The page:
During a recent City council meeting, it came to light that Brampton’s public arts budget is only $60,000, an anemic amount compared to other cities of its size.
Mississauga, though a few hundred thousand residents bigger than Brampton, budgeted $6 million in funds dedicated to public arts over three years (2014-2016).
According to City Councillor Grant Gibson (Wards 1 and 5), the city’s budget funding for the public arts is supported by grants and allocation of funds by the city through various departments.
This year the main focus for the public arts will be the Churchville 200th anniversary for which a commemorative sculpture has been set. Half of the overall budget, $30,000, has been set aside for the project.
The city also has a 150th public art project planned, funded by the federal government. Alderlea will receive a new sculpture in addition to its current one.
But with such a dismal budget, and a perceived lack of importance placed on public art, there seems to be no room for growth at the current time.
Until recently, public arts was under the directive of the Public Arts Task Force, with was a collaboration between the city of Brampton and the Brampton Arts Council (BAC).
With the closure of the BAC, the city has approved the establishment of an Arts and Culture panel. The Panel is composed of volunteers that stem from different areas, including various art, culture, business and education communities and elected officials.
Michael Palleschi, City Councillor Wards 2 and 6, notes that the panel will address concerns related to the public arts in a final report that will soon be presented to the city. “The Panel is seeking the services of a professional advisory firm to undertake a research study on cities around the world; who have transformed themselves through arts and culture or achieved significant success in growing their local arts and culture sector,” says Palleschi.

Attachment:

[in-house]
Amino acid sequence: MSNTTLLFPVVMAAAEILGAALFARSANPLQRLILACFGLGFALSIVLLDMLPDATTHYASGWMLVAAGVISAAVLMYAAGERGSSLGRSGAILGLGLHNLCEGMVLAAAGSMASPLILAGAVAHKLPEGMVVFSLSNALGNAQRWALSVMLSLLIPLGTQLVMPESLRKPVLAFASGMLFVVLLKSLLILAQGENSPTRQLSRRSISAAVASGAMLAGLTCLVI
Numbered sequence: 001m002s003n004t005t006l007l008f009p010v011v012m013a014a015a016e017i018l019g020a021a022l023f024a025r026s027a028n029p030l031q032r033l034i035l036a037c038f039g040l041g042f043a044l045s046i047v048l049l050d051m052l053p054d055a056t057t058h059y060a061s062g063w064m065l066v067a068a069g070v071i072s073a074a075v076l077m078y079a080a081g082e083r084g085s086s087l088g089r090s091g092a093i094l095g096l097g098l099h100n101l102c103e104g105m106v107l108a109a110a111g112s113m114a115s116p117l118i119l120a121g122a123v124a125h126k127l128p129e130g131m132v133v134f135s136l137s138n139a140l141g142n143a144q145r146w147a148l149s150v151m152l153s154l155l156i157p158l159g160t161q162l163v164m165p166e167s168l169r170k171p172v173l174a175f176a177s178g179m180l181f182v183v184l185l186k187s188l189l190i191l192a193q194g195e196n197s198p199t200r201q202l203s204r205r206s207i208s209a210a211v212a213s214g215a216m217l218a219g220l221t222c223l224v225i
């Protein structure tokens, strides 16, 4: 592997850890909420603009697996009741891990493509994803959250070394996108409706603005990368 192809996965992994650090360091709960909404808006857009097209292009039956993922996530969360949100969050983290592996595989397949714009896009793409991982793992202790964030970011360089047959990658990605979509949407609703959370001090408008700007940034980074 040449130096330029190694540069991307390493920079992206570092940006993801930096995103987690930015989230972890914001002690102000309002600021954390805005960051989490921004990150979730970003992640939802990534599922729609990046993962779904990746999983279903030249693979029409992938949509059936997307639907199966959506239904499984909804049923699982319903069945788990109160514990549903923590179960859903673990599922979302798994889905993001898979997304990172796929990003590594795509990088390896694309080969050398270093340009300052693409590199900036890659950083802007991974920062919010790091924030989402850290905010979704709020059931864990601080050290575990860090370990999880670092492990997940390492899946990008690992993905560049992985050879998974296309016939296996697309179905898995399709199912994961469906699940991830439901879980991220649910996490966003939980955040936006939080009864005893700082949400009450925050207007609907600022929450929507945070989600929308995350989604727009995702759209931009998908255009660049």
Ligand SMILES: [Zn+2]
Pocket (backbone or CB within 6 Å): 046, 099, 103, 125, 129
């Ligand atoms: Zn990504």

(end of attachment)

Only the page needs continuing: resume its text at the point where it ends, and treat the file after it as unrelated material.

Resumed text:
This sounds promising and could bode well for Brampton’s arts and culture sector. The panel’s report is a few months off and it isn’t clear yet whether a strategy for dealing with the lack of funding and lack of diversity in the city’s public arts.
Toronto by contrast, through city policy commits one per cent of the cost of a capital project or private sector development to public art. Their ever-growing crop of projects dotting the cityscape is proof. They see public art as an extension of city building.
Public arts projects, big and small, have the ability to set the tone and identity of growing communities, something Brampton’s growing landscape could do with.
Councillor Elaine Moore (Ward 1-5) maintains that the city does indeed understand the importance of public art. “The Arts is a significant employer, and contributor to our economic health,” says Moore. “Whether it is arts infrastructure, or economic policy targeted to supporting the arts, our budget should include a provision for advancing the arts as a strategic priority.”
This remains to be seen. But with the new arts panel bringing a new collection of perspectives, and a new crop of staff leading at city hall, there’s certainly potential for change.
The Arts Panel’s much-anticipated report to council, coming in 2017, will paint a clearer picture of how the city can move forward to remedy the issue at hand.